Comics come out on Wednesday, and so does Richard Gehr’s Pulp Fictions.
Beasts! Book 2
You Are Forgiven
Free News Projects
Collections are one place where size definitely helps. First published in 2006 (and newly available in paperback), editor/curator Jacob Covey’s handsomely appointed volume titled Beasts! seemed merely intriguing at the time, with its 90 mythological, supernatural, and folkloric creatures illustrated buy as many fine artists. Beasts! Book Two (Fantagraphics), however, adds 90 more creatures, and takes Covey’s obsession over the top and into the realm of the maniacal with its colorful tributes to the Boo Hag, Chupacabra, Deer Woman, Mermaid, Nymph, Reptoid, Three-Legged Ass and other figments of our fears, in yet another classy hardback edition.
Every illustration connects a remarkable feat of cultural imagination with a creative personal interpretation. Philip K. Dick might have invented the Tsukumogami, which Paul Hughes, one of Beasts!‘s three pithy writers, describes drolly as “household tools and objects that have become self-aware precisely 100 years after their creation. Whether an old teapot (morinji-no-okama) or a well worn pair of sandals (bakezori), a TSUKOGAMI will behave in accordance with its previous treatment.” Nobumasa Takahashi’s black-and-white illustration, meanwhile, depicts a world of electric appliances and gadgets gone wild.
It’s hard to pick favorites from among artists as magnificent as David B., Peter Bagge, Jaime Hernandez, Lilli Carré, Dash Shaw, Benjamin Sea, Kim Deitch, and his father, Gene. But what fan of Japanese hopping-vampire movies such as Ricky Lau’s classic Mr. Vampire wouldn’t go ape over Jonathan Hill’s cartoony depiction of a girl dispatching a volley of vampires with kung-fu karisma? Also behold Brian Chippendale’s hellacious double-page spread based on the vicious Al-Miraj, a bright yellow rabbit with a taste for blood. Not to mention Justin “Scrappers” Morrison’s decidedly unbucolic vision of Alaska’s Beaver of Killisnoo, an unlikely household pet whose seductive songs gainsay a penchant for homicide.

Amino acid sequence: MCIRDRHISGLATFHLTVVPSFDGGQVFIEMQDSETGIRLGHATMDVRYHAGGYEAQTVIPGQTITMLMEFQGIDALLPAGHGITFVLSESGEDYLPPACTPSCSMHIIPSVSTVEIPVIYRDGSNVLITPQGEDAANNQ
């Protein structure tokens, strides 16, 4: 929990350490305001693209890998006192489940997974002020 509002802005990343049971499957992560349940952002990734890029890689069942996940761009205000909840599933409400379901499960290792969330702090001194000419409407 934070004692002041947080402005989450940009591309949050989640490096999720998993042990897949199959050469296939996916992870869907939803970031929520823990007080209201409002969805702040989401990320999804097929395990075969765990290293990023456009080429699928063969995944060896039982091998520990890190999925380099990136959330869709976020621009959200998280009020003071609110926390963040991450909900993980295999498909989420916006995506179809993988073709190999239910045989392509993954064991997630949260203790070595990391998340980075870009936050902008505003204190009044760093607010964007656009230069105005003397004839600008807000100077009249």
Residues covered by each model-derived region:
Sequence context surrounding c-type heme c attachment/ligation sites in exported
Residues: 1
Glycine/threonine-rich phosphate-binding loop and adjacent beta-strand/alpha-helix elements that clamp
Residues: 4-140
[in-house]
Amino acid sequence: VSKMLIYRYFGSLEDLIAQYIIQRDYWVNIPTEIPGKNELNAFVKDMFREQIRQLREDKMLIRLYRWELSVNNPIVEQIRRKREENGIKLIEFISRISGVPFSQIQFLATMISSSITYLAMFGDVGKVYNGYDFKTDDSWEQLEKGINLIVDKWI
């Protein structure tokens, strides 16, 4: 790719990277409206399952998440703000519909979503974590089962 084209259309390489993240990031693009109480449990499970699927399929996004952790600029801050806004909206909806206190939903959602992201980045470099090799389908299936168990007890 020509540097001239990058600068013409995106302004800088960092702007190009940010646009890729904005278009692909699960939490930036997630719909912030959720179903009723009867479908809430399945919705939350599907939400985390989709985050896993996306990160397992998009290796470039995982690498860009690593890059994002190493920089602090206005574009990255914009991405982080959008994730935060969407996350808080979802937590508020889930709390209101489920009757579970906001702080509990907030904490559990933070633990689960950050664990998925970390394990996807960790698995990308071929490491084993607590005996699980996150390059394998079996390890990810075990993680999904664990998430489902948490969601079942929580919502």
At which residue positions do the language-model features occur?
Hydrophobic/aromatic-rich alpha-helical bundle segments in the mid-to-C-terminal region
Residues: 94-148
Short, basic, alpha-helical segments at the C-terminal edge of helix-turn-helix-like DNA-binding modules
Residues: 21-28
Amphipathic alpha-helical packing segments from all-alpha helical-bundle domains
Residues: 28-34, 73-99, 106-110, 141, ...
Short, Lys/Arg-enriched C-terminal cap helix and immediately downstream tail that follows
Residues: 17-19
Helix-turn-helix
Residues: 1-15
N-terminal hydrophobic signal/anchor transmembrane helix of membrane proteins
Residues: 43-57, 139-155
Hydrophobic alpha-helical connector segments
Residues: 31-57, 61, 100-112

With its lion’s head, scorpion’s tail, ox’s midsection, tortoise’s shell, and six stubby bear legs, artist Matt Leines’s illustration of a Mediterranean creature called the Tarasque in Beasts! Two looks like something he made up himself – at least judging by the amazing monsters, shamans, warriors, tigers, and buildings with eyes that populate the pages of his amazing debut monograph, You Are Forgiven (Free News Projects).
Leines’s obsessive patterns, ziggurats, and electrical bolts suggest Babylonian mythology filtered through Mexican peyote visions. Born in 1980, the Rhode Island School of Design graduate does a lot with his relatively small, yet magnificently reconfigured, alphabet of shapes, symbols, and colors. Buildings contain the faces of warriors who cut the hearts out of tigers whose heads in turn sit atop shamans struck dead by bolts thrown by “lightning men” with the heads of buildings containing faces. And so on.
Both epic and a little cheesy at once (his characters’ limbs are depicted as though hinged like two-dimensional dime-store puppets), Leines’s installations and drawings suggest moments captured from a much larger narrative whose full scope may never be revealed. Full of blood and guts and magic, You Are Forgiven is a beastly masculine power trip for the ages.
This article from the Village Voice Archive was posted on January 7, 2009